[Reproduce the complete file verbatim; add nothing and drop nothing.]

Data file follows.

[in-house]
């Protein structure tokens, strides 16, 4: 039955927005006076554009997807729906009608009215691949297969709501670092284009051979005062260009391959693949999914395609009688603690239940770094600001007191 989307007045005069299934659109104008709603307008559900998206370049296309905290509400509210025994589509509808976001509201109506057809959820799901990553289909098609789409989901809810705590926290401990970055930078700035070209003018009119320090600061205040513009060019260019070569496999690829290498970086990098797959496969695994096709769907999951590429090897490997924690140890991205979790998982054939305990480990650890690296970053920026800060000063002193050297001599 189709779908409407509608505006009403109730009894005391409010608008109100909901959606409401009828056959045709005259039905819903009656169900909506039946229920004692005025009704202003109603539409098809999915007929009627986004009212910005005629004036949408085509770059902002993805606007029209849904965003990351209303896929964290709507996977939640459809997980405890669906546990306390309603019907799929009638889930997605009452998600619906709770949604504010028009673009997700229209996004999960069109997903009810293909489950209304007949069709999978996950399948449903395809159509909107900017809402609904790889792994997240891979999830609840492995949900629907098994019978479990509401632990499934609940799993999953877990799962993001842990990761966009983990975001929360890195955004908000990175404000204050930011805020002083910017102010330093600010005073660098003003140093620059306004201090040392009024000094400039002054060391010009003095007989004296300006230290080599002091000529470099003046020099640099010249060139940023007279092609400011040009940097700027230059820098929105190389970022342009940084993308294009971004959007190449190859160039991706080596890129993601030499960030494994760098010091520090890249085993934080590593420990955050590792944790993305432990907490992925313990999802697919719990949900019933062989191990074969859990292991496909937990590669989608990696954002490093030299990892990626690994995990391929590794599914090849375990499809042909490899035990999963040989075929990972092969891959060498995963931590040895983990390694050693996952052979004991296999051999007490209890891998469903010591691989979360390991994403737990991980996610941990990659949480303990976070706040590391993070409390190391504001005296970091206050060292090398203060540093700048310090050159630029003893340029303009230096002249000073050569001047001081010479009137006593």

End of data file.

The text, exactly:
[in-house]
């Protein structure tokens, strides 16, 4: 039955927005006076554009997807729906009608009215691949297969709501670092284009051979005062260009391959693949999914395609009688603690239940770094600001007191 989307007045005069299934659109104008709603307008559900998206370049296309905290509400509210025994589509509808976001509201109506057809959820799901990553289909098609789409989901809810705590926290401990970055930078700035070209003018009119320090600061205040513009060019260019070569496999690829290498970086990098797959496969695994096709769907999951590429090897490997924690140890991205979790998982054939305990480990650890690296970053920026800060000063002193050297001599 189709779908409407509608505006009403109730009894005391409010608008109100909901959606409401009828056959045709005259039905819903009656169900909506039946229920004692005025009704202003109603539409098809999915007929009627986004009212910005005629004036949408085509770059902002993805606007029209849904965003990351209303896929964290709507996977939640459809997980405890669906546990306390309603019907799929009638889930997605009452998600619906709770949604504010028009673009997700229209996004999960069109997903009810293909489950209304007949069709999978996950399948449903395809159509909107900017809402609904790889792994997240891979999830609840492995949900629907098994019978479990509401632990499934609940799993999953877990799962993001842990990761966009983990975001929360890195955004908000990175404000204050930011805020002083910017102010330093600010005073660098003003140093620059306004201090040392009024000094400039002054060391010009003095007989004296300006230290080599002091000529470099003046020099640099010249060139940023007279092609400011040009940097700027230059820098929105190389970022342009940084993308294009971004959007190449190859160039991706080596890129993601030499960030494994760098010091520090890249085993934080590593420990955050590792944790993305432990907490992925313990999802697919719990949900019933062989191990074969859990292991496909937990590669989608990696954002490093030299990892990626690994995990391929590794599914090849375990499809042909490899035990999963040989075929990972092969891959060498995963931590040895983990390694050693996952052979004991296999051999007490209890891998469903010591691989979360390991994403737990991980996610941990990659949480303990976070706040590391993070409390190391504001005296970091206050060292090398203060540093700048310090050159630029003893340029303009230096002249000073050569001047001081010479009137006593």